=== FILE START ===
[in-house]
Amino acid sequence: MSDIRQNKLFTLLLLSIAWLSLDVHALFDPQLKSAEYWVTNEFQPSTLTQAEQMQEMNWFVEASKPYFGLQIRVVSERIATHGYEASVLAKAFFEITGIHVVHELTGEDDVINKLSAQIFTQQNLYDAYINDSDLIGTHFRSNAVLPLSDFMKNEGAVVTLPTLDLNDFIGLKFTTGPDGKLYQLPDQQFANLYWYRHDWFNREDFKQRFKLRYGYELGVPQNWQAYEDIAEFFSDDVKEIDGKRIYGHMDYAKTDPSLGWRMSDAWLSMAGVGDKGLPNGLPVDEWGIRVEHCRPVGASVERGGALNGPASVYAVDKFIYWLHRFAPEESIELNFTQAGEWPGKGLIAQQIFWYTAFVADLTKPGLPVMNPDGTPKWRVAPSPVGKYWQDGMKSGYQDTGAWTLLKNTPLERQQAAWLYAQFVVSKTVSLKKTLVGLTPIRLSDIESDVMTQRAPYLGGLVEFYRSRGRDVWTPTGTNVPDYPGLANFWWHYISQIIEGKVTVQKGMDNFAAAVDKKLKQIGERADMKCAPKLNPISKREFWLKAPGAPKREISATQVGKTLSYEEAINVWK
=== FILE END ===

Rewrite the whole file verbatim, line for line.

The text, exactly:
[in-house]
Amino acid sequence: MSDIRQNKLFTLLLLSIAWLSLDVHALFDPQLKSAEYWVTNEFQPSTLTQAEQMQEMNWFVEASKPYFGLQIRVVSERIATHGYEASVLAKAFFEITGIHVVHELTGEDDVINKLSAQIFTQQNLYDAYINDSDLIGTHFRSNAVLPLSDFMKNEGAVVTLPTLDLNDFIGLKFTTGPDGKLYQLPDQQFANLYWYRHDWFNREDFKQRFKLRYGYELGVPQNWQAYEDIAEFFSDDVKEIDGKRIYGHMDYAKTDPSLGWRMSDAWLSMAGVGDKGLPNGLPVDEWGIRVEHCRPVGASVERGGALNGPASVYAVDKFIYWLHRFAPEESIELNFTQAGEWPGKGLIAQQIFWYTAFVADLTKPGLPVMNPDGTPKWRVAPSPVGKYWQDGMKSGYQDTGAWTLLKNTPLERQQAAWLYAQFVVSKTVSLKKTLVGLTPIRLSDIESDVMTQRAPYLGGLVEFYRSRGRDVWTPTGTNVPDYPGLANFWWHYISQIIEGKVTVQKGMDNFAAAVDKKLKQIGERADMKCAPKLNPISKREFWLKAPGAPKREISATQVGKTLSYEEAINVWK